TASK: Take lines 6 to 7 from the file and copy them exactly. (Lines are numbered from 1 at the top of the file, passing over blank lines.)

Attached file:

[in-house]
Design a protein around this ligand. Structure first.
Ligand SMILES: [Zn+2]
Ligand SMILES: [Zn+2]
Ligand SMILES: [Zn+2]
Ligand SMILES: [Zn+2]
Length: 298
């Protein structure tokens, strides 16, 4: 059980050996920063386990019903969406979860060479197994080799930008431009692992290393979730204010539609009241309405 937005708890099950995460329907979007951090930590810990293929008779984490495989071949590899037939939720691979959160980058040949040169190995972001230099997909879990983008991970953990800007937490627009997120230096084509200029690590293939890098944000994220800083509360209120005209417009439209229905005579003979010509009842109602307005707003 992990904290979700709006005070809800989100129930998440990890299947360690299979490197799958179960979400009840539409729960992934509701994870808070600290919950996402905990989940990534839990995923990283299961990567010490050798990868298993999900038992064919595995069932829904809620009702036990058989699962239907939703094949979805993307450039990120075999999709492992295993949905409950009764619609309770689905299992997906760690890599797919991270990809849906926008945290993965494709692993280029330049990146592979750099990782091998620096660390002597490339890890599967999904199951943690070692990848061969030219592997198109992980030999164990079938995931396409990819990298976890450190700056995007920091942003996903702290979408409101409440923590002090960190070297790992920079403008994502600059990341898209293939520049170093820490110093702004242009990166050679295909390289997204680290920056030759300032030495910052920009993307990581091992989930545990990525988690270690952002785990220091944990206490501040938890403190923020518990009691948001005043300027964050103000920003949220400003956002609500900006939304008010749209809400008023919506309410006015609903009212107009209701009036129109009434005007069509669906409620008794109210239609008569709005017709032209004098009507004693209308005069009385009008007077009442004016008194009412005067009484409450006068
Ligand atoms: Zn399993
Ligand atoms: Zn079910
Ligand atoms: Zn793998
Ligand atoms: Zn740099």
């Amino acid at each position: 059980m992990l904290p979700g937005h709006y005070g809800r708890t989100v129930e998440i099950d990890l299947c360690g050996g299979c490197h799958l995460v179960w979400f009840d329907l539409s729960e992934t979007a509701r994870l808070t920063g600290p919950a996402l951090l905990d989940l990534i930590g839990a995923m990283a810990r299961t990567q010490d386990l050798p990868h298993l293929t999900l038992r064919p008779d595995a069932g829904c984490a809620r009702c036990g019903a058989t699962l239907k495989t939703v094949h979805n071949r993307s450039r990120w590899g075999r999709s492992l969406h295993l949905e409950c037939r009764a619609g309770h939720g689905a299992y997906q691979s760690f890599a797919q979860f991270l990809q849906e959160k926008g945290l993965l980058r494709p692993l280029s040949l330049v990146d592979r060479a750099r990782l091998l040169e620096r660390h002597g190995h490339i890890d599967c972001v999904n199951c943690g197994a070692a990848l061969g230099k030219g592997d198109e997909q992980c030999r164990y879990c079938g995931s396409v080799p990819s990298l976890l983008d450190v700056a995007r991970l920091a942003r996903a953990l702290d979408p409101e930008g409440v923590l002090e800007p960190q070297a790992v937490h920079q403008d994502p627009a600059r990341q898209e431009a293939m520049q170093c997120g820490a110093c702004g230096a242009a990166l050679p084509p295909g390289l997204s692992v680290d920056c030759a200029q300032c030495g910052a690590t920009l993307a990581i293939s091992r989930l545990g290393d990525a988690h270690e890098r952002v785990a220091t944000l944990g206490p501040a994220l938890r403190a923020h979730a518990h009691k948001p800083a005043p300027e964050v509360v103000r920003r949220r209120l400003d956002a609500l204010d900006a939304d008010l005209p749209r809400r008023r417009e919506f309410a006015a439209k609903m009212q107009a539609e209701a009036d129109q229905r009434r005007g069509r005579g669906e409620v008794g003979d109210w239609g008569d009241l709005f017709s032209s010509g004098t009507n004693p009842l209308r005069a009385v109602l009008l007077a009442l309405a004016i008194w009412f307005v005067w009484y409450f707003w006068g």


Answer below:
Ligand SMILES: [Zn+2]
Length: 298